If braising is for winter and grilling for summer, where does poaching belong? Seasonlessness is not even poaching’s biggest problem; cooking anything in water runs the significant risk of being confused with that most fearsome of British cliches--the boiled dinner. Of course done improperly, poaching is indeed boiling, or worse, the heave-worthy warming through often suffered at the hands of well-meaning aunts. Done correctly though, poaching is terrific.
If you simmer water before slipping something in, say carrots or cubes of beef, you are poaching. But as simple principles so often belie nuance, so too are the details of a quality poach crucial. To start, poaching requires that your liquid truly simmers. Food-science people will tell you this occurs around 180 degrees (f), but rather than clipping a thermometer to your apron and nervously checking every few moments, learn what this looks and sounds like. Basically the liquid should gently, just audibly bubble. Anything more and you are boiling; less and you are Aunt Listeria. If you are romantic (or French) you might refer to your pot as smiling, although this puts you in the same camp as those who clip thermometers to their aprons.
Next you must flavor your poaching liquid with aromatic vegetables, herbs and salt. Add these things along with the cold water; as the liquid comes to a simmer it will extract flavor. A standard mirepoix (carrot, celery, onion) will always work, especially when a bay leaf and several white peppercorns are included. In fact, the addition of acid in the form of white wine and lemon juice to the above will roughly achieve a court boullion--that most classic of poaching liquids. Fancier additions like tomato and fennel add a Mediterranean note, but do avoid anything from the Brassica family (broccoli, kale etc.) as they tend to dominate.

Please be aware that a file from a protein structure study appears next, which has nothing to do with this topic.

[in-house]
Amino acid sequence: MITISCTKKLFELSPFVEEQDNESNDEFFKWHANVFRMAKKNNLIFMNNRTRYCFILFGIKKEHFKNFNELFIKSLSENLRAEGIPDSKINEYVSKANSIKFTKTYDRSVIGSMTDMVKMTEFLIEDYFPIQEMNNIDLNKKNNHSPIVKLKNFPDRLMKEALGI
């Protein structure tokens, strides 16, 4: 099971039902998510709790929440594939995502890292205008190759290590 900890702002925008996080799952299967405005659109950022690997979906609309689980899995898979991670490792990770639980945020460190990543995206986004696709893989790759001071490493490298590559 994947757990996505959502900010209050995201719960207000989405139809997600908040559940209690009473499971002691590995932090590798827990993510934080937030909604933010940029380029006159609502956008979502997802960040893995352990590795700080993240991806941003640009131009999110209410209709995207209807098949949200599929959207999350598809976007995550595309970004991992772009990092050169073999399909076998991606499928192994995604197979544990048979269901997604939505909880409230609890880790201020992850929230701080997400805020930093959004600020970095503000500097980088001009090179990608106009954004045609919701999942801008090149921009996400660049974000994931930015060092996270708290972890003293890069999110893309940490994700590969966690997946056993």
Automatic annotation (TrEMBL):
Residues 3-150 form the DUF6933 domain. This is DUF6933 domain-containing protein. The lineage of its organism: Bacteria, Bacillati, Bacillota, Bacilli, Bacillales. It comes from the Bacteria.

Perhaps the best thing to put into a court bouillon is very fresh salmon. The fish should be skinned and searched for pin-bones; I like mine cut into chunks before poaching for ten minutes. The result is mild and distinctly savory. If you brush a few ramekins with olive oil before filling with your poached fish and vegetables you can chill the result until service. Turn each out onto salad plates and garnish with lemon slices and parsley for a lovely timbale starter. I often give precisely this to my daughter; it reminds me of those commercials where cats are lovingly served crystal platters of food by gloved hands.
Chicken and tender beef or pork may all work here too, but you must increase the cooking time, especially with poultry. In fact, let’s briefly touch on the science(y) aspect here. As cooking techniques go, poaching is a very efficient heat delivery mechanism. The poachee is surrounded by a dense, evenly heated medium (the liquid) which penetrates crevices and quickly transfers its heat. Compared with roasting where hot air swirls about or grilling where each side is independently cooked, poaching is far quicker and far less likely to go wrong. The result is food that consistently emerges moist, tender and free of burn. The downside to all this mild pleasantness is just that: crispy, fatty, caramelized goodness will never result from a poach. Generally, lean, skinless meats that might otherwise become tough do well poached, but do use common sense in selecting your mark. Sea bass? Brilliant! A baby goat? No.
You may experiment with other liquids. Assuming refrigerators frequently contain bottles of left-over red wine, the most delicious poached eggs are at your fingertips. Fill a skillet or small saucepan with whatever scraps of red wine you have (Beaujolais being the best and most obvious choice). Bring to a boil, reduce to a simmer. Slip in a few eggs and lightly poach for salads or dinner-worthy eggs Benedict. If you are nostalgic for the 60s, poach clove-studded pears in Port, or, if you don’t wish to waste $60 worth of booze, orange juice. A whole sub-genre of milk-poaching exists too, but I don’t have any experience there--anybody?
Dietitians like poaching because, unlike every other cooking method, the addition of fat is unnecessary. I suppose this is true right up until one douses the eggs with hollandaise or spreads the poached salmon flakes on buttered toast points. This is an important point, actually. Poaching is really just an efficient way to cook things for a relatively neutral result--a mechanism for creating a mild, always appropriate edible. And while it pains me to do so, on this point I must agree with the dietitians. Slathering on the mayo post-fact might be desirable, but some very satisfying results can also be had when one allows a good poach to speak for its mild-mannered self.